5/18/11

15 Com'on Lil' Doggies!


Many years ago, when my kids were little, I tried to make corn dogs.  Emphasis on the word, tried.

Tried and failed.

What happened?

The batter just wouldn't stick.  I tried drying off the hot dogs and got some of the batter to stick.

As soon as it hit the hot oil, the batter just sliiiiiiiid off and left the naked hot dog to cook on its own.

Enter the Internet.

I searched high and low to find the perfect corn dog recipe.  There are SO many variations.  I read every recipe, review, and wrote down copious notes.

So here ya go, folks!  The perfect corn dog!

If you are lucky enough to have a wheat grinder, use it to grind UNpopped popcorn kernels on the coarse setting.

Fresh cornmeal.  Nothing like it.  Don't worry, packaged cornmeal works great too.


Though the original recipe did not include it, I used honey as part of my sweetener.  Tip:  spray the inside of your measuring cup/spoon with oil, measure the honey, and it will sliiiiiiide right out.  Cool!


Kids don't like a gritty corndog, so I let this mixture sit for a good 30 minutes or so.  This also allows the flour to absorb all the wet ingredients.

Use all beef dogs.  Yes, you will pay a little more, but it makes a GREAT corn dog.  You won't regret it.

You will want your dogs room temperature....these fry up pretty quickly and no one wants a hot corn dog with cold insides.  They can sit out safely for the 30 minutes that your cornmeal is soaking.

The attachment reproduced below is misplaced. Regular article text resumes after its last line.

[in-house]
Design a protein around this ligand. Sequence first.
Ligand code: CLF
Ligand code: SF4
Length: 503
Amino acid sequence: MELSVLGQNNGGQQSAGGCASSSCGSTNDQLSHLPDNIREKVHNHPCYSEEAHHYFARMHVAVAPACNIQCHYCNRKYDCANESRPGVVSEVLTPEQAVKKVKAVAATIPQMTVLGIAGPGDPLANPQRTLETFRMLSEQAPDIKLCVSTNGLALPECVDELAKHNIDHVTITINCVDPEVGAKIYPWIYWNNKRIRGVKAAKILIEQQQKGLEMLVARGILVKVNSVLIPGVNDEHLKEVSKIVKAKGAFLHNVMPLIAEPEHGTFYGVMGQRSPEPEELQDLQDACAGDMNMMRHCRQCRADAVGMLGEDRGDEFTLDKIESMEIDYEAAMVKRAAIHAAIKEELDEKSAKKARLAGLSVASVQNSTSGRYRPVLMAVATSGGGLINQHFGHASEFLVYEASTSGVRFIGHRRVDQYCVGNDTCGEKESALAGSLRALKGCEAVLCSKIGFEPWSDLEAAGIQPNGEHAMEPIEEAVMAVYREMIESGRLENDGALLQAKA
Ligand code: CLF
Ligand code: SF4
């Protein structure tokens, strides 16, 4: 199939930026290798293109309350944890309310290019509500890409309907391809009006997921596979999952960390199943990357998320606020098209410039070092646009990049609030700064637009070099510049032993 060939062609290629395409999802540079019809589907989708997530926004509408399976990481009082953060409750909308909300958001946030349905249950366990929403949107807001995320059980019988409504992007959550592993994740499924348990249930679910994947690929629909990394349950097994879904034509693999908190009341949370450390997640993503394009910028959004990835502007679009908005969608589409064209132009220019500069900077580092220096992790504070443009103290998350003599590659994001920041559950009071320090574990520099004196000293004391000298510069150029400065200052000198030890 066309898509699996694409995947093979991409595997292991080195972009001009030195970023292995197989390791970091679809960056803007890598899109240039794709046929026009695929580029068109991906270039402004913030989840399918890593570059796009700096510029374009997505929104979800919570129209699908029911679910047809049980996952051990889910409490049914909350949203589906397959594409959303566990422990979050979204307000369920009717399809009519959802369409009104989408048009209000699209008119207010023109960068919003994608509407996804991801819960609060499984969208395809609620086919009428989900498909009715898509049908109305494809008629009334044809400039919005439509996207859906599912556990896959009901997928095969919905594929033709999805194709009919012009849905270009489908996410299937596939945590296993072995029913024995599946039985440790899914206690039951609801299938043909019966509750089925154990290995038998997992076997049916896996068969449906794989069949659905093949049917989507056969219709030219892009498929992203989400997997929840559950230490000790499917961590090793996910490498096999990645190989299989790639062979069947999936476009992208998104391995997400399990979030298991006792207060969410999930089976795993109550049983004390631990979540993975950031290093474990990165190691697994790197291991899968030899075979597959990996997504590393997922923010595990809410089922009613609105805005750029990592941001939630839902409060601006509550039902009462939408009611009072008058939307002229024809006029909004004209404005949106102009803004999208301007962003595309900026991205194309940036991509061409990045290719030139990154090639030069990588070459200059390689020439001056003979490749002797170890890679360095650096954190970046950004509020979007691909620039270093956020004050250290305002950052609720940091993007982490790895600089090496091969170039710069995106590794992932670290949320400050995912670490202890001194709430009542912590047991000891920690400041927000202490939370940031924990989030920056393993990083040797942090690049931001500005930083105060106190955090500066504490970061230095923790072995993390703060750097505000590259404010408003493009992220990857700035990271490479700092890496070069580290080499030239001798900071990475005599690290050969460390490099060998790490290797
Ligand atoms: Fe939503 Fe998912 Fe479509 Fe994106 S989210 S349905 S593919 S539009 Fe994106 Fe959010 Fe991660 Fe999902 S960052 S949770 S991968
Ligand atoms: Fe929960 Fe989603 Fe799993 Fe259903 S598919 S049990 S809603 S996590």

Dry them off with a paper towel.


Coat them with all purpose flour.  Some recipes call for cornstarch.  I used all purpose flour.  After some trial and error, I discovered that cutting the hot dogs in half fit better in my fryer and were easier to cook.


This batter looks too thin.  I was right.  It slid off and this is what I got.


I added more flour till I got this consistency:


Bamboo skewers were cut in half (remember to cut the pointy end off!) and stuck into the floured dog.  They are then dunked into a glass filled with batter, lifted up and "swirled" slightly to help the batter stop dripping.


I have seen posts where corn dogs are fried in a heavy cast iron skillet, being turned as they cook.  Make sure you can fill it with 2"- 3" of oil.

I used my deep fryer, with and without the basket. 

Without the basket, it sank and stuck to the element, creating burn marks on it.  I was more successful with the basket, QUICKLY turning the corn dog with a fork.  If I didn't turn it, it would stick to the basket and stay stuck there.  The dogs will float to the surface and are easily turned there, as well.


Put them to drain on a paper towel lined rack, and cut one open.

Woot!


How did they taste? 

Crispy outside, and juicy inside.  Perfect!

This recipe covered 16 full hot dogs, which made 32 doggies.  These freeze really well and warm up in the microwave nicely for a quick meal.

You can even cut them in fourths, omit the sticks, use tongs to dip and fry...

Corn dog bites!  A great appetizer, don't you think?


Give 'em a try.  It'll bring out the kid in ya.

Perfect Corn Dogs
(4x6 recipe download)      (full page printable recipe)

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